[XeTeX] PDFs and advanced font features

Bogdan Butnaru bogdanb+xetex at gmail.com
Thu Oct 28 17:05:30 CEST 2010

If you need an example of the problem, see the XeTeX manual at


On page 4 there are two examples of small caps usage. On my computer,
at least, the first one (Warnock Pro in italic+small caps) cannot be
copied correctly. The second example (in Hoefler Text, bold+small
caps) however does work. I suspect Hoefler Text uses a different font
file for the small caps rather than feature tags in a font with normal

--Bogdan Butnaru

On Thu, Oct 28, 2010 at 16:18, Bogdan Butnaru <bogdanb+xetex at gmail.com> wrote:
> Hello!
> I’m having a problem with the way the advanced font features of XeTeX
> interact with PDF reader programs. I’m not exactly sure where exactly
> is the culprit, so I apologize if this is not the right place to ask
> for help; (re-)directions are welcome if such is the case.
> I’ve been writing my CV (I think the more correct US term is resume)
> in LaTeX, using xelatex to compile it to PDF. I managed to get it to
> look pretty much exactly as I wanted. (I’m not quite a typography
> expert, but I’m quite pleased with the result if I may say so.)
> The document uses a nice font with many OpenType features like small
> and titling capitals, lining and old-style numerals, and superscripts
> and the like. (Those are the ones I use, there are others.) Therein
> lies the problem: as far as I can tell “variant” characters, like
> small-caps or superscript letters, are represented as additional
> (private) code-points within the font, rather than as separate fonts.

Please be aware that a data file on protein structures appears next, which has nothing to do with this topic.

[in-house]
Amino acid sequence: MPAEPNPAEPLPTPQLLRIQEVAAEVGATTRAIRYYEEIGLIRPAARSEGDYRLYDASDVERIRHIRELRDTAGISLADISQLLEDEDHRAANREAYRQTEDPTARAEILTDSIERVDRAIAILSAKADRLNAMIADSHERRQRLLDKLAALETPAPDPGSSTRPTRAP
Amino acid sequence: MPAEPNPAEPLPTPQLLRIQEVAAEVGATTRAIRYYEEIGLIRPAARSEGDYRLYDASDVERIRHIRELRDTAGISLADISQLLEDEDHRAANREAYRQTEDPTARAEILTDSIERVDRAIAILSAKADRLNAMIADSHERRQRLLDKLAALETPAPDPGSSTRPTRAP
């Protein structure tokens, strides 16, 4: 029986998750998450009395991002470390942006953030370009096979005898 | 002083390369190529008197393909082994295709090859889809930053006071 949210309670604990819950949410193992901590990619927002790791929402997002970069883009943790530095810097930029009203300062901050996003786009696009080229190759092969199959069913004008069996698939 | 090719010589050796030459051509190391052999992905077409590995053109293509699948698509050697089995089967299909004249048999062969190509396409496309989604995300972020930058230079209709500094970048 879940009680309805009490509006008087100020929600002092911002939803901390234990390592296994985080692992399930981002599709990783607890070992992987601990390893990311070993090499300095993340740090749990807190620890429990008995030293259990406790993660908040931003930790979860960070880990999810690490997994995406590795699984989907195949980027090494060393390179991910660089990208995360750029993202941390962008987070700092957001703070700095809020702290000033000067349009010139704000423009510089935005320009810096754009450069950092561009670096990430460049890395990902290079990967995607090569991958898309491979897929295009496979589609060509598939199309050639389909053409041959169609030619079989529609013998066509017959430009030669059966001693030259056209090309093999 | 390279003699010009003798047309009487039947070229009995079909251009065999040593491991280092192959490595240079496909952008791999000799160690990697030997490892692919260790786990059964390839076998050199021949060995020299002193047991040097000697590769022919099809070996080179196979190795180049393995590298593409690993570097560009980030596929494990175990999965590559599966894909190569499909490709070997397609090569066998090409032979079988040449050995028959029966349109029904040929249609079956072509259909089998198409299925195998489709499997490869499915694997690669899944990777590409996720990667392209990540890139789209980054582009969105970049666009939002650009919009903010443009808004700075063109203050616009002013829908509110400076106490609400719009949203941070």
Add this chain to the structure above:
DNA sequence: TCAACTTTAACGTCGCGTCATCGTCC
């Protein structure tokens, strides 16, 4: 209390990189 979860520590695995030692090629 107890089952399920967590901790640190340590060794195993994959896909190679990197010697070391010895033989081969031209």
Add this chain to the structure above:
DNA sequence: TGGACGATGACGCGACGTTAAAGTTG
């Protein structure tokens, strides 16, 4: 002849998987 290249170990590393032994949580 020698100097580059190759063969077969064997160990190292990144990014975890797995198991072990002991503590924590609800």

> For display and printing, this is not a problem: the font is embedded
> in the PDF, and everywhere I tried it it seems to look as it should.
> However, when copying and pasting the contents in another program—big
> failure. Everything that isn’t displayed in the “normal” variant is
> copied to the clipboard as a set of (what I believe to be) private
> codepoints rather than the “semantic” Unicode codepoints it
> represents.
> This is a big problem for this document, as I expect a potential
> employer might try to copy&paste parts of it (e.g., address) and fail
> unexpectedly (getting gibberish).
> I’ve tried searching for solutions or workarounds, with little
> success. If (as I assume) this is a well-known problem, don’t hesitate
> to just point me towards a document that explains it.
> I’ve seen PDF documents that seemed to have a kind of “text overlay”:
> these were all scanned documents with (I assume) some kind of OCR
> processing. For display and printing purposes, only the scanned image
> was used (i.e., the OCRed text was invisible). However, when selecting
> (and copy/pasting), a text layer was used.
> I’ve no idea what PDF feature this used and if it’s accessible via
> LaTeX. I was hoping there was a way to add a “replacement” text for
> affected areas (and I searched fruitlessly the hyperref documentation
> for it), such that on copy-paste the replacement is used rather than
> just private characters. Since it’s a one-page document it wouldn’t be
> a lot of work to add the replacements.
> The only alternative I could think of was to take FontForge and
> manually split the font in pieces (e.g., one for small caps, one for
> superscripts, etc.), such that each variant glyph is encoded in its
> “semantic” position. But it’s a big and complex font, so that would
> take a lot more work than just “hinting” the document. I also worry
> that messing around with it in FontForge will cause me to loose
> hinting and other features I (or it) may not be aware of.
> I welcome all ideas, and thank you in advance.
> --Bogdan Butnaru
> PS. What I’m using identifies itself as “XeTeX 3.1415926-2.2-0.9995.2
> (TeX Live 2009/Debian)” on Ubuntu. Fontspec reports itself as
> “2008/08/09 v1.18”. The problem manifests itself on every PDF viewer I
> tried (about one each for Linux, Windows and Mac OS X, and also Google
> Docs’ viewer).

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